Wednesday, December 5, 2012

Web Secret #235: Tech for Seniors

A couple of months ago, the New York Times devoted its entire Science News section to look at some of the many ways technology is changing the world of medicine. This is the second in a series of blogposts devoted to a further analysis of some of the articles in that section.

Recently, I have been suffering from arthritis pain that has been pretty much unresponsive to narcotics, anti-inflammatory meds, acapuncture, etc. So when a friend suggested I try tumeric, a spice associated with Indian cuisine, I was skeptical, to say the least.

What the hell, I decided to research tumeric. Using my Internet searching capabilities, I easily found reputable research on its medical uses. I ordered my capsules online from Amazon, and two days later I ingested my first dose. 96 hours from my first tumeric Google search, I experienced a 50% decrease in pain. It was that remarkable.

As I get older, I will be more frequently looking to the Internet for information about health care. Sadly, "Americans over 65, whose health stands to benefit the most from modern digital technology, are the least able and least likely to use it. As of April [2012], according to the Pew Research Center's Internet and American Life Project, 53 percent of Americans 65 and older were using the Internet or e-mail, but after age 75, use dropped off significantly, to 34 percent. By contrast, nearly 90 percent of younger adults are digitally connected."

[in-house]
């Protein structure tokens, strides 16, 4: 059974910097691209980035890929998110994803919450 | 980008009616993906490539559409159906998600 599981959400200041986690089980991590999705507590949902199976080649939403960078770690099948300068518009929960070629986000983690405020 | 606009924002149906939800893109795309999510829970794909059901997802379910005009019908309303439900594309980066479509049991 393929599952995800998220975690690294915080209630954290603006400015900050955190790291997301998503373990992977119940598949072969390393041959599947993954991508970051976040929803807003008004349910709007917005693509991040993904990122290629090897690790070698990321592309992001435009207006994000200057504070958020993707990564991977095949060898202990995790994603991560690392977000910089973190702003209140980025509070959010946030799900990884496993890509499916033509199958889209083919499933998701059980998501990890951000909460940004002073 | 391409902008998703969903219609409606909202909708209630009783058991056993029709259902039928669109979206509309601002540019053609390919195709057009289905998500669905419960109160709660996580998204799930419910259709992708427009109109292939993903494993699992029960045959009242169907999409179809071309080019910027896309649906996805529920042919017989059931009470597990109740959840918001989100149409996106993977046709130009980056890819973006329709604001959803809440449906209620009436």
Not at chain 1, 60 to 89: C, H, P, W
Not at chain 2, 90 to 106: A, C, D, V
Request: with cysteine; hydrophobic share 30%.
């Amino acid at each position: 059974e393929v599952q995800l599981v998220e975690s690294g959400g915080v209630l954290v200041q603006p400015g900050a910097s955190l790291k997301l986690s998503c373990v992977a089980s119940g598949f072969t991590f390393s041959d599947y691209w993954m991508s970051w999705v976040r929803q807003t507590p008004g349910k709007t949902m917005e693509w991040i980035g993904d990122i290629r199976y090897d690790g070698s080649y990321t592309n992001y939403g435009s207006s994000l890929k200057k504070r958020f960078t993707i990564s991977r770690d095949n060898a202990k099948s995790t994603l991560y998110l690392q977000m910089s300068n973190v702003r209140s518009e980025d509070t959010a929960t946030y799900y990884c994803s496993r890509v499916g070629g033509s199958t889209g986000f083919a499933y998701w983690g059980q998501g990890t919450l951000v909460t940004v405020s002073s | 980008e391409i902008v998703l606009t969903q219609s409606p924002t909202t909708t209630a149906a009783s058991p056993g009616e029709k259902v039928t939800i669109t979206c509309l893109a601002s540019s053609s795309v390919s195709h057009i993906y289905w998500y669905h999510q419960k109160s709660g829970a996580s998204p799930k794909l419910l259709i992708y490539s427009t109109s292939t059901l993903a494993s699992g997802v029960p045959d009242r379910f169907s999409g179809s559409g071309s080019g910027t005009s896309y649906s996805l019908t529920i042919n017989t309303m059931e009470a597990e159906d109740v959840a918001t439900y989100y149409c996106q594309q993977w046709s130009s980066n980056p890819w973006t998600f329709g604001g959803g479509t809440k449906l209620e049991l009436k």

According to Jane Brody's article, "E-Health Opportunities for Seniors," getting more seniors digitally connected, either personally or through caregivers, is expected to greatly enhance opportunities to protect the health and well-being of older people and, at the same time, reduce both individual and national health care costs.

The good news is that it's not too late. "A Pew Center study last year concluded that "80 is the new 60" - more and more older adults now use computers and the Internet, and two-thirds of seniors using the Internet have looked for health information online."

Personally, I recommend getting a mac and taking advantage of Apple's fantastic "one to one" training programs. Based on my (granted somewhat limited) experience teaching seniors how to use the Internet, I believe they learn best in a one on one format.

Learn not to be afraid of the machine.

1 comment:

  1. When people see something that can actually improve their lives, they're going to seek it out and use it.